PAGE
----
Testing the spatial phylogenetic structure of local communities: statistical performances of different null models and test statistics on a locally neutral community


Correspondence author. E-mail: ohardy@ulb.ac.be


  • 1Analyzing the phylogenetic structure of natural communities may illuminate the processes governing the assembly and coexistence of species. For instance, an association between species co-occurrence in local communities and their phylogenetic proximity may reveal the action of habitat filtering, niche conservatism and/or competitive exclusion.
  • 2Different methods were recently proposed to test such community-wide phylogenetic patterns, based on the phylogenetic clustering or overdispersion of the species in a local community. This provides a much needed framework for addressing long standing questions in community ecology as well as the recent debate on community neutrality. The testing procedures are based on (i) a metric measuring the association between phylogenetic distance and species co-occurrence, and (ii) a data set randomization algorithm providing the distribution of the metric under a given ‘null model’. However, the statistical properties of these approaches are not well-established and their reliability must be tested against simulated data sets.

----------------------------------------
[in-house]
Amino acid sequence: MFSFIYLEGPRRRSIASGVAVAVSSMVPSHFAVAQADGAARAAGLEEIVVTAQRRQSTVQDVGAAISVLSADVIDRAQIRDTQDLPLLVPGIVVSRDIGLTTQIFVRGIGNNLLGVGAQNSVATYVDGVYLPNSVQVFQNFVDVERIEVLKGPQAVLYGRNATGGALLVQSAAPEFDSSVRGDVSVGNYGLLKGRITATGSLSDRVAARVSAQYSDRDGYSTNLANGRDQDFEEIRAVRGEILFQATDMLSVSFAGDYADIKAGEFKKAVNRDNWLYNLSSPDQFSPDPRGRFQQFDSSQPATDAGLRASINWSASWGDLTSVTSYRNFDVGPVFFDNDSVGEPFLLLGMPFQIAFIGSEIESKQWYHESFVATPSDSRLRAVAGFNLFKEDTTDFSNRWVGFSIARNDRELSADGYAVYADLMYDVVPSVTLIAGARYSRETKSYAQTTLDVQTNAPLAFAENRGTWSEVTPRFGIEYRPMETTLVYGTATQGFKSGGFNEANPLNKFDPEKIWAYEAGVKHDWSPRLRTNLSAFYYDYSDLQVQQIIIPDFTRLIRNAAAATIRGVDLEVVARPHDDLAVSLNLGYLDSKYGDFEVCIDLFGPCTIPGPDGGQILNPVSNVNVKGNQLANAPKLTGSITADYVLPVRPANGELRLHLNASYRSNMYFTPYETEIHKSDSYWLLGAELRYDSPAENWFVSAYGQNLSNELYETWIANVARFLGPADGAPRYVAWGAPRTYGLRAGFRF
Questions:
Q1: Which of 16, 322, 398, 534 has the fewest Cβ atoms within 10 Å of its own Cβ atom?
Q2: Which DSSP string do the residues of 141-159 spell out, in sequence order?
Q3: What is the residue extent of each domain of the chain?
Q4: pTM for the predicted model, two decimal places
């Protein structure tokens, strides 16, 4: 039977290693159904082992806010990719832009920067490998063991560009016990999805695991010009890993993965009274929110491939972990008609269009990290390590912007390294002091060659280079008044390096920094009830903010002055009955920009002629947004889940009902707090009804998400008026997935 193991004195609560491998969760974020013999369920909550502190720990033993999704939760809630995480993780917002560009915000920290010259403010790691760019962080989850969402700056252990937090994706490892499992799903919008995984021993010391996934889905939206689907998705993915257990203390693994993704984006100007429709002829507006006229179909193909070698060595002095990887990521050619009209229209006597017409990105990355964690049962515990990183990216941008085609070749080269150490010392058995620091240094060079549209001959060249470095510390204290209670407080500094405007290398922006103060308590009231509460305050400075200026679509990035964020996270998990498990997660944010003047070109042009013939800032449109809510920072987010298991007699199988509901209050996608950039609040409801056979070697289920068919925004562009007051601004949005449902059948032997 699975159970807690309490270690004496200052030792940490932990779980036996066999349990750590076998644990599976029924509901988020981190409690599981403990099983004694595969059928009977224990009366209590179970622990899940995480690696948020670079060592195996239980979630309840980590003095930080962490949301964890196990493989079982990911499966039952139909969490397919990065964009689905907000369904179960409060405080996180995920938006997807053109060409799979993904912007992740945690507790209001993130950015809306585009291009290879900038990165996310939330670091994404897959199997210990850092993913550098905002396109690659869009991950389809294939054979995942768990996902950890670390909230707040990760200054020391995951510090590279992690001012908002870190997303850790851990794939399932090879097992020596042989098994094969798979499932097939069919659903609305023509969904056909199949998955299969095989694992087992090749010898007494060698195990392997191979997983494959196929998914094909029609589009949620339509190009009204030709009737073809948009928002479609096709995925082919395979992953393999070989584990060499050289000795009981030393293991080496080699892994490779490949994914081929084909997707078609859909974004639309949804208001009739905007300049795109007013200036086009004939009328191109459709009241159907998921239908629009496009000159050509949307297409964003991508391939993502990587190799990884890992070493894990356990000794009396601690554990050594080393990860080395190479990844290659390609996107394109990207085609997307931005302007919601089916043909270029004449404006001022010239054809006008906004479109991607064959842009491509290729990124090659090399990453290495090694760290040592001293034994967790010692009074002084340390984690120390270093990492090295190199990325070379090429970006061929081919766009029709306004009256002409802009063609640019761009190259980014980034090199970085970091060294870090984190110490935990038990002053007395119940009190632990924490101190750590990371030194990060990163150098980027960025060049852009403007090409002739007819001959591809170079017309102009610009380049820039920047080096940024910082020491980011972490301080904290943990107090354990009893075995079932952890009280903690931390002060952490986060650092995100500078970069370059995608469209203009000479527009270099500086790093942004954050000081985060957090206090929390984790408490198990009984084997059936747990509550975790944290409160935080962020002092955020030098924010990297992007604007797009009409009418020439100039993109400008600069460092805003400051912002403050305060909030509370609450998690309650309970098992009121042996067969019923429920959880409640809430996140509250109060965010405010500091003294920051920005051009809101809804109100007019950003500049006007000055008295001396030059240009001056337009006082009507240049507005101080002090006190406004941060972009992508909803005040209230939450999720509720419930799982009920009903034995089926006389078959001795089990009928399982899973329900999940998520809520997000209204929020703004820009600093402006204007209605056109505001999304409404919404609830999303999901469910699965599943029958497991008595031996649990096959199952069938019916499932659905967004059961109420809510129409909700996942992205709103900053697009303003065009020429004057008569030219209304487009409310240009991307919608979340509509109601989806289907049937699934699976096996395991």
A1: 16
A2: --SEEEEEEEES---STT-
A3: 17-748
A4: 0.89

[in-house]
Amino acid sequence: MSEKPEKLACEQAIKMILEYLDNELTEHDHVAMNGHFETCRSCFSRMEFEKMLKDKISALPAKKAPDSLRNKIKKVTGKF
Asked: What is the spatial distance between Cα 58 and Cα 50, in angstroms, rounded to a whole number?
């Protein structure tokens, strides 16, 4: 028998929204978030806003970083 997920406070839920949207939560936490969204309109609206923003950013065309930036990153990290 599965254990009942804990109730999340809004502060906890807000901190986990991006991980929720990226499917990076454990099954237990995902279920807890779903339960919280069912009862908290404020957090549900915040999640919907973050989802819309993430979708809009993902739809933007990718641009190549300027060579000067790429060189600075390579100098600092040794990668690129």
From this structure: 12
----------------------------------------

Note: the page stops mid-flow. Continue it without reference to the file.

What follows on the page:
• 3This paper reviews metrics and null models used in previous studies. A ‘locally neutral’ subdivided community model is simulated to produce data sets devoid of phylogenetic structure in the spatial distribution of species. Using these data sets, the consistency of Type I error rates of tests based on 10 metrics combined with nine null models is examined.
  • 4This study shows that most tests can become liberal (i.e. tests rejecting too often the null hypothesis that only neutral processes structured spatially the local community) when the randomization algorithm breaks down a structure in the original data set unrelated to the null hypothesis to test. Hence, when overall species abundances are distributed non-randomly across the phylogeny or when local abundances are spatially autocorrelated, better statistical performances were achieved by randomization algorithms preserving these structural features. The most reliable randomization algorithm consists of permuting species with similar abundances among the tips of the phylogenetic tree. One metric, RPD-DO, also proved to be robust under most simulated conditions using a variety of null models.
  • 5Synthesis. Given the suboptimal performances of several tests, attention must be paid to the testing procedures used in future studies. Guidelines are provided to help choosing an adequate test.